High school seniors have been religiously checking their mailboxes, eagerly awaiting their acceptance letters to college for the 2005-2006 school year.
Now that the filing period has closed at UM, statistics reveal that there is a slight disparity between the number of applications from males and from females. The Office of Admissions disclosed that there were 9,700 female and 8,600 male applicants, making the applicants’ male-to-female ratio 47 percent to 53 percent.
While the difference in the application pool is fairly small, females are expected to be admitted at a somewhat higher rate than males. According to Matthew Ward, senior associate director of the Office of Admissions, the reason is that their applications are more qualified.
“There is a national trend that females perform better than males,” Ward said. “Colleges all over the country are noticing that more females are doing what it takes to get into college-they are pursuing it more.”
Simply put, there are more girls in colleges because more of them apply and more of them are well-qualified applicants. And, as UM becomes more nationally prominent, the influence of that national trend is taking effect on the school. While the rumor of a 30 to 70 percent male to female ratio on campus is inaccurate, the real statistic still shows a see-sawed scale. The male-to-female ratio of admitted freshmen for the Fall 2004 semester was close to 40 to 60 percent male to female.
“The school is not doing anything aggressive to maintain gender equity,” Ward said. “If we’re giving males more leeway so more of them can be admitted, that would be unfair to the females. What do you think that’d be called?”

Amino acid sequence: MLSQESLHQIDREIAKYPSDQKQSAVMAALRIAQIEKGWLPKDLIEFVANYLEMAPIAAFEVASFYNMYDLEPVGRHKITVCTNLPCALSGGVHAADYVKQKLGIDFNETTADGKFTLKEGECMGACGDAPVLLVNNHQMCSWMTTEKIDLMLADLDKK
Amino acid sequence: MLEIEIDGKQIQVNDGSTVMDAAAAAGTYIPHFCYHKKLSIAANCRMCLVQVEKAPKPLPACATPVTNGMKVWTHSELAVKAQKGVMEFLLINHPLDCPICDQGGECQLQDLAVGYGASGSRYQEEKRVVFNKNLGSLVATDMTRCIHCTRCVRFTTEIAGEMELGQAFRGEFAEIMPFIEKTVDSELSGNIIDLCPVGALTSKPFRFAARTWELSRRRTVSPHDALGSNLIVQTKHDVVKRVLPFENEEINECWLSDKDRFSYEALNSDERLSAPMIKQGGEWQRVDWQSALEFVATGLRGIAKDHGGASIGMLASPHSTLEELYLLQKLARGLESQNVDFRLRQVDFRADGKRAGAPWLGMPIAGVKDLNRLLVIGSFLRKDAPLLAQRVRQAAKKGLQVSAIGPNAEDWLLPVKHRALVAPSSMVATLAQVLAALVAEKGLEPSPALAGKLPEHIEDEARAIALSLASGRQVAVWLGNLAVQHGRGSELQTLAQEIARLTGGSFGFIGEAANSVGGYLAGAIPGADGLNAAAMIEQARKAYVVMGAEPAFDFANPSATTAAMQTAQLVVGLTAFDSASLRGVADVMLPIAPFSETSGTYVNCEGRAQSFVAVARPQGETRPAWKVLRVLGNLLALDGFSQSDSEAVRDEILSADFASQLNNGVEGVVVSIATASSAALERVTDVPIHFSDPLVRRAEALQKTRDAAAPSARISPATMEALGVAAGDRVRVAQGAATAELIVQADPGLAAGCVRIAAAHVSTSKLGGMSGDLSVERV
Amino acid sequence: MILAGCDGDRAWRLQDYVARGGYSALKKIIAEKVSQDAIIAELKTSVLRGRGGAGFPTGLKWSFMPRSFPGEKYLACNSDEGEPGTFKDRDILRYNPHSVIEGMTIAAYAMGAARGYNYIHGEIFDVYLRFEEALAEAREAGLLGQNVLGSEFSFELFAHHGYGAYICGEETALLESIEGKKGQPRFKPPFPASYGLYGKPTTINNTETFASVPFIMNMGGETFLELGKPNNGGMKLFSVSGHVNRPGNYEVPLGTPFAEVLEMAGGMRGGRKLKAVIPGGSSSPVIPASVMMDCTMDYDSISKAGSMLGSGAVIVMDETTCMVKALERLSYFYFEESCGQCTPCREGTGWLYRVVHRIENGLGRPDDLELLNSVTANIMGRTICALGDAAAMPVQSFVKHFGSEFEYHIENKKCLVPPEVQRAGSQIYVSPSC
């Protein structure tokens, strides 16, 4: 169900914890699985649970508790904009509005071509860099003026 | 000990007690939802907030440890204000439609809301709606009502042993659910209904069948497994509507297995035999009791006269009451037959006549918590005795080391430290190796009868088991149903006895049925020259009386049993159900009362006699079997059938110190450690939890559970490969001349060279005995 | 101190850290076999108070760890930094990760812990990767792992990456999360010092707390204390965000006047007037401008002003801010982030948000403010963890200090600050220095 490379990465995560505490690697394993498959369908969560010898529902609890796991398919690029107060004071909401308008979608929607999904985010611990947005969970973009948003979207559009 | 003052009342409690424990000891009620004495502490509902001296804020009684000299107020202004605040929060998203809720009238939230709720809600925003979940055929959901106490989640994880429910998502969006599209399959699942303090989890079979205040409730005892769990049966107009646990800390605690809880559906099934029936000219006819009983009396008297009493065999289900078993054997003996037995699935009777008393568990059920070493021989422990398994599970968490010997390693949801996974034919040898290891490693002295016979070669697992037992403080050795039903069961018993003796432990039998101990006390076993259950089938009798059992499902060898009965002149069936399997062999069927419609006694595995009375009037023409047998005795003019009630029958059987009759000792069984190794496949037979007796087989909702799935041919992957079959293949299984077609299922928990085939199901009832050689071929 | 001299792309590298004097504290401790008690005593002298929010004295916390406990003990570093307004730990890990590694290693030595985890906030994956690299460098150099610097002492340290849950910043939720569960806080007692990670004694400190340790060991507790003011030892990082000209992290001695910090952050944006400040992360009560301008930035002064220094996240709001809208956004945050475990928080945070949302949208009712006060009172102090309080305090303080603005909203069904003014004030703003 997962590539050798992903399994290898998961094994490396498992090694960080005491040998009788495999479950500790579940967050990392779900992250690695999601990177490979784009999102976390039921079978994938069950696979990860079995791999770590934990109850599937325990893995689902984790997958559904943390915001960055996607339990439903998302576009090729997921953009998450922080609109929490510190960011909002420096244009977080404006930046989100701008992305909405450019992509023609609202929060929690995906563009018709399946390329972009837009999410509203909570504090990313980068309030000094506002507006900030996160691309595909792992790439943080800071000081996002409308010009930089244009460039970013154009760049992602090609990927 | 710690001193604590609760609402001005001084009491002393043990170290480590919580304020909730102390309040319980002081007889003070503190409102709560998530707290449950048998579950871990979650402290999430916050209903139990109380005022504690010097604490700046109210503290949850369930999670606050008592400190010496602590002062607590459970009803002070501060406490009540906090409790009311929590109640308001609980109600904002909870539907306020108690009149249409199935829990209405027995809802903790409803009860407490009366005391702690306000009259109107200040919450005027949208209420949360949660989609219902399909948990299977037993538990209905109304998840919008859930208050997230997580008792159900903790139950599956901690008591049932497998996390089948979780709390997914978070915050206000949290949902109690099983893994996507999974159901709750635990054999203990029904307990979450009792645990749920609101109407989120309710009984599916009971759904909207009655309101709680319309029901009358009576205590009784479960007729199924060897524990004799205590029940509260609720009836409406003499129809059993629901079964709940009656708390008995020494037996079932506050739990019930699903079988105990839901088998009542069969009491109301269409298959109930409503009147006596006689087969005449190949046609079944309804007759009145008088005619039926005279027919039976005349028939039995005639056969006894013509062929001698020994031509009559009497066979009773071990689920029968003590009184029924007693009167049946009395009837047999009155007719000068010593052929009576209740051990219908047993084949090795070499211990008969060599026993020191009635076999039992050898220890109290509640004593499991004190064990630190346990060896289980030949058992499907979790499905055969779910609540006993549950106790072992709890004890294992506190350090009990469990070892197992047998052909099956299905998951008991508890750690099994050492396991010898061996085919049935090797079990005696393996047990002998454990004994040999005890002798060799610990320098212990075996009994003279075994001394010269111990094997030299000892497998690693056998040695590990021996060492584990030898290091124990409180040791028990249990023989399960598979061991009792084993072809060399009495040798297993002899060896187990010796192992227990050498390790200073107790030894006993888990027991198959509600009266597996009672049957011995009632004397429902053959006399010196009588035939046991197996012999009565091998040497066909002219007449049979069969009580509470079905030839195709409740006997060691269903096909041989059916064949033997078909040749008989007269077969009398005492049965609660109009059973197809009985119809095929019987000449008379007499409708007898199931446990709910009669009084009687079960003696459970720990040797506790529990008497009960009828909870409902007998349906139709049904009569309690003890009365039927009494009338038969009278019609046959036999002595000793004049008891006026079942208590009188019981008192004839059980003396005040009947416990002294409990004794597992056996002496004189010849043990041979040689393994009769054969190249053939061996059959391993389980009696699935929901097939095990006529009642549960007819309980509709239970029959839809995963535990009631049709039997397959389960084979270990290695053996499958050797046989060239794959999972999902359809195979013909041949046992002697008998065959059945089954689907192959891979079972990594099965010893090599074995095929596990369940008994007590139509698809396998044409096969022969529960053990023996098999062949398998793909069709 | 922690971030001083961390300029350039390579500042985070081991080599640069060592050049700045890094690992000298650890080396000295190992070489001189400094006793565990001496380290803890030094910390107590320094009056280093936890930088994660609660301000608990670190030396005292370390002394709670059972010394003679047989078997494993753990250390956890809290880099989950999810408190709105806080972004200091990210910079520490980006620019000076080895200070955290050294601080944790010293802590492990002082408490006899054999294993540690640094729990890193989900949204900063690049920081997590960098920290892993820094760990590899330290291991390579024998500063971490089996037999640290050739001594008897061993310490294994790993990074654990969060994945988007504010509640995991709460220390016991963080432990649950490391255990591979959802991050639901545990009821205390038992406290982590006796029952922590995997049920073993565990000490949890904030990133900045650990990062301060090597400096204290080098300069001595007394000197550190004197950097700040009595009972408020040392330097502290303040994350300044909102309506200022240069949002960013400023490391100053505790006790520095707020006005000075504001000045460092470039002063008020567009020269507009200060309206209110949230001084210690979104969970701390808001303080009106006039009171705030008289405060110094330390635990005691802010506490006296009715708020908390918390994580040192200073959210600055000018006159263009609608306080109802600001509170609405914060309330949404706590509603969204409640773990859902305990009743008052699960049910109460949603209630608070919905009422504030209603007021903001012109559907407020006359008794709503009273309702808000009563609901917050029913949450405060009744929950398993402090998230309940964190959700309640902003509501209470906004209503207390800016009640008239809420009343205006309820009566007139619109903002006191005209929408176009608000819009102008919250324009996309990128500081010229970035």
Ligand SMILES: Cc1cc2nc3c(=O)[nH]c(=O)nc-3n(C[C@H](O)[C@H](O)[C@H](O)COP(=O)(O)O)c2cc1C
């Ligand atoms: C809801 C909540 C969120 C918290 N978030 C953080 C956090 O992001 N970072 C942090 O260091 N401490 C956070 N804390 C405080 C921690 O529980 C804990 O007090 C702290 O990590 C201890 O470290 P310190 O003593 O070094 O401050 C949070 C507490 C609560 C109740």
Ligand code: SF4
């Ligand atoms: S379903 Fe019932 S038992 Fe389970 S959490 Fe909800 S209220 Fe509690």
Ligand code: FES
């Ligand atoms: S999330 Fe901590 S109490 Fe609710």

Ward also says that it is UM’s mission to make admission decisions that would make the campus’ composition academically strong, as well as socially diverse.
“We’re not making decisions along stat lines,” Ward said.
To get a spot at UM this fall, high school seniors from every state in the U.S. applied. There was an increase of two percent from the previous year in the number of applications, as well as an average 10-point SAT score increase.
It is expected that more females than males will be admitted for the next school year, but the gender ratio will not be hugely disproportioned.
“We’re not creating any aggressive affirmation action policy, but I’ll tell you, if it gets to a 30 to 70 ratio, it’s an imbalance,” Ward said.
For now, current students can expect a new freshman class similar to this year’s. The total number of available freshman seats of approximately 2,000 is not a significant change from last year. Furthermore, Fall 2005’s male to female ratio has a high probability of remaining about the same. Perhaps the one sure change is that UM is increasing its reputation by the addition of a stronger, more diverse freshman class every year.
Bryce Pham can be contacted at firstname.lastname@example.org.